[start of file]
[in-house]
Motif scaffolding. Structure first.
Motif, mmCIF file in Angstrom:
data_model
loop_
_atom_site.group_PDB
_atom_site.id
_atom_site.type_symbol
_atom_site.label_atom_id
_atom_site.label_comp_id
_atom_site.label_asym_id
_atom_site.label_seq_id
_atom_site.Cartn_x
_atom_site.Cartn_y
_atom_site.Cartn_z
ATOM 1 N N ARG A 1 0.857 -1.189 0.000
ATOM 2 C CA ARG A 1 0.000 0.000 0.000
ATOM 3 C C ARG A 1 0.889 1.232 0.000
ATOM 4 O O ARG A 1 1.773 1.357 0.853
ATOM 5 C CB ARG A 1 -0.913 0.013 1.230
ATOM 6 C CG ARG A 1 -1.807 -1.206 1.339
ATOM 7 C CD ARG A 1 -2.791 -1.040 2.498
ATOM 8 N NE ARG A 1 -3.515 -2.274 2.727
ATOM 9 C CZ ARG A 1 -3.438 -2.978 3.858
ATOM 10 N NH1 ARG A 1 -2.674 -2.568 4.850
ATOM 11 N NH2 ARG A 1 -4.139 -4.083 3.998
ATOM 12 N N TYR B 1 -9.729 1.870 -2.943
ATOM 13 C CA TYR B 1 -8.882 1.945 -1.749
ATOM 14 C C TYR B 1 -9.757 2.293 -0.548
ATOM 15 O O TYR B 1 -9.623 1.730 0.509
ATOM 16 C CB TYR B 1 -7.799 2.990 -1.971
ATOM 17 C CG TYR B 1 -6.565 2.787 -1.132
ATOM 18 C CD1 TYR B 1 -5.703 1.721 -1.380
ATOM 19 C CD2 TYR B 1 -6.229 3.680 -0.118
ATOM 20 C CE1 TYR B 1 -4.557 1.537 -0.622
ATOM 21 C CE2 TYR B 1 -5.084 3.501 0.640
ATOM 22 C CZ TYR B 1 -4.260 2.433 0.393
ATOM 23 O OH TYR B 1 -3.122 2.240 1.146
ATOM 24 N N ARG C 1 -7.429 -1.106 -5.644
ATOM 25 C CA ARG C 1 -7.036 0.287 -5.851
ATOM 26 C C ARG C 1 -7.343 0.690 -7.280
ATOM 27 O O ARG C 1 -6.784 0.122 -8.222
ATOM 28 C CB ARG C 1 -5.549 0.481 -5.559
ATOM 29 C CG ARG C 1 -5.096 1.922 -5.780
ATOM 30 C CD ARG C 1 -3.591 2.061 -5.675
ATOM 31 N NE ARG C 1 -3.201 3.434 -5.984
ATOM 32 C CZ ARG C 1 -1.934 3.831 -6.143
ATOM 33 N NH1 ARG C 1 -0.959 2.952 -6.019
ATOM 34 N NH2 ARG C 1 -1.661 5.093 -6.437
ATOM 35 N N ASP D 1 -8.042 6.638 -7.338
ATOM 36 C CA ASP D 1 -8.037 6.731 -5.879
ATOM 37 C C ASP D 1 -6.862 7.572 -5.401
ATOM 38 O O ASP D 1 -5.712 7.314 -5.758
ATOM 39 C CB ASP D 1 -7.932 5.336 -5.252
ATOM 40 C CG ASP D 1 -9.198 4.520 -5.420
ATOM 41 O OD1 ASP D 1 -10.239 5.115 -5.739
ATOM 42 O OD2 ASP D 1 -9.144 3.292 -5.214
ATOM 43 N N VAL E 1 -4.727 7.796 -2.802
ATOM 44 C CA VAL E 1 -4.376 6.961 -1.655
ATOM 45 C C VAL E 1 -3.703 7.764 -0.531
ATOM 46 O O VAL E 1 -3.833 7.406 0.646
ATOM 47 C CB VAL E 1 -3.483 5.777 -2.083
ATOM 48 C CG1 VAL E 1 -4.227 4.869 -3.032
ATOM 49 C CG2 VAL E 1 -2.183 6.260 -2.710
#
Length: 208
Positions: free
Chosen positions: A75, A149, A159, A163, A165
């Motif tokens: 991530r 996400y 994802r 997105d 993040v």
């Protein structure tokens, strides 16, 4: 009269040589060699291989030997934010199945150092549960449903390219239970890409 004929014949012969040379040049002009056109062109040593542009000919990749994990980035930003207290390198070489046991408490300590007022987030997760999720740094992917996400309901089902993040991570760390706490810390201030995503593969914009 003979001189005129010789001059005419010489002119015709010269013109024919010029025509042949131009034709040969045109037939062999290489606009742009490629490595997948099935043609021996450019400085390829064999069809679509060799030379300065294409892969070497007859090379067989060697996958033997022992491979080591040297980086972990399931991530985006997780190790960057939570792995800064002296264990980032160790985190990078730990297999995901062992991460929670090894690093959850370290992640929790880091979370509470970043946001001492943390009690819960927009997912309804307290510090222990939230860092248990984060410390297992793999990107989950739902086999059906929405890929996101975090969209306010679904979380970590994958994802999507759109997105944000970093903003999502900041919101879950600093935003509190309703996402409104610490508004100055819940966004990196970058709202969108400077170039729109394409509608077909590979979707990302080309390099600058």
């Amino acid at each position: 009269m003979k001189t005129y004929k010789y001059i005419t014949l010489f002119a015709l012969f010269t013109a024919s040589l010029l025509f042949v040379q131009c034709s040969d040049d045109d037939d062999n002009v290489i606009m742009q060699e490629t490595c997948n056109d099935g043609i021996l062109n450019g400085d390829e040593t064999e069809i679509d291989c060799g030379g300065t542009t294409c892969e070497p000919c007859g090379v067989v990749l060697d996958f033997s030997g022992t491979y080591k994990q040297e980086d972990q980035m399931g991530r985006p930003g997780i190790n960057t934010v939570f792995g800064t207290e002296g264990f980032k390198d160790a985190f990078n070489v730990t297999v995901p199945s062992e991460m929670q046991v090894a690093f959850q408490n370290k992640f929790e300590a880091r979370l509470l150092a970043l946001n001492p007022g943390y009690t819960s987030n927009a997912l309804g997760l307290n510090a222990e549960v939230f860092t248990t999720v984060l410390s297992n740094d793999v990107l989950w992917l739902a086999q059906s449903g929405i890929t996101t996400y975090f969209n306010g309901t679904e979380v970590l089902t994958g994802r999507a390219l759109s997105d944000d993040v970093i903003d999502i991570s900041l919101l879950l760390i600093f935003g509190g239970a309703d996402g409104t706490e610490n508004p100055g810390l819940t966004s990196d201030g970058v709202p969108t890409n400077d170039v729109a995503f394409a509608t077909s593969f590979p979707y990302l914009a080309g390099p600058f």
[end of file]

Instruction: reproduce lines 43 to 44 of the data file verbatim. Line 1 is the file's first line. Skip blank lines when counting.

ATOM 28 C CB ARG C 1 -5.549 0.481 -5.559
ATOM 29 C CG ARG C 1 -5.096 1.922 -5.780